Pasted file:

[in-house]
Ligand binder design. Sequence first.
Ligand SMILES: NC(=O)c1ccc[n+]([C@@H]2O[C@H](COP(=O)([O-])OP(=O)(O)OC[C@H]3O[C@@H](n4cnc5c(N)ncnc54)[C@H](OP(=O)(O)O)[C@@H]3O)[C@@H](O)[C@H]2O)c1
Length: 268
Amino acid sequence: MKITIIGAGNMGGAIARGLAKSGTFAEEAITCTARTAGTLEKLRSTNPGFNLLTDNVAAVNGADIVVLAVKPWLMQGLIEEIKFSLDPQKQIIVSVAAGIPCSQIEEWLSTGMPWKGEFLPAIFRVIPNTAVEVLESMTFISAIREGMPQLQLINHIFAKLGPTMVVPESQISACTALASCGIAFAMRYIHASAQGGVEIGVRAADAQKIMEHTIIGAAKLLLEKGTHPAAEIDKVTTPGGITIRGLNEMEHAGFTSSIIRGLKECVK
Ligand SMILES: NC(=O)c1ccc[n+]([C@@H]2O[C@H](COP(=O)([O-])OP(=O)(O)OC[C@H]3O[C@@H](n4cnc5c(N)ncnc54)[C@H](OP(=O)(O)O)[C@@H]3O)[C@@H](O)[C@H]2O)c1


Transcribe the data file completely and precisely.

[in-house]
Ligand binder design. Sequence first.
Ligand SMILES: NC(=O)c1ccc[n+]([C@@H]2O[C@H](COP(=O)([O-])OP(=O)(O)OC[C@H]3O[C@@H](n4cnc5c(N)ncnc54)[C@H](OP(=O)(O)O)[C@@H]3O)[C@@H](O)[C@H]2O)c1
Length: 268
Amino acid sequence: MKITIIGAGNMGGAIARGLAKSGTFAEEAITCTARTAGTLEKLRSTNPGFNLLTDNVAAVNGADIVVLAVKPWLMQGLIEEIKFSLDPQKQIIVSVAAGIPCSQIEEWLSTGMPWKGEFLPAIFRVIPNTAVEVLESMTFISAIREGMPQLQLINHIFAKLGPTMVVPESQISACTALASCGIAFAMRYIHASAQGGVEIGVRAADAQKIMEHTIIGAAKLLLEKGTHPAAEIDKVTTPGGITIRGLNEMEHAGFTSSIIRGLKECVK
Ligand SMILES: NC(=O)c1ccc[n+]([C@@H]2O[C@H](COP(=O)([O-])OP(=O)(O)OC[C@H]3O[C@@H](n4cnc5c(N)ncnc54)[C@H](OP(=O)(O)O)[C@@H]3O)[C@@H](O)[C@H]2O)c1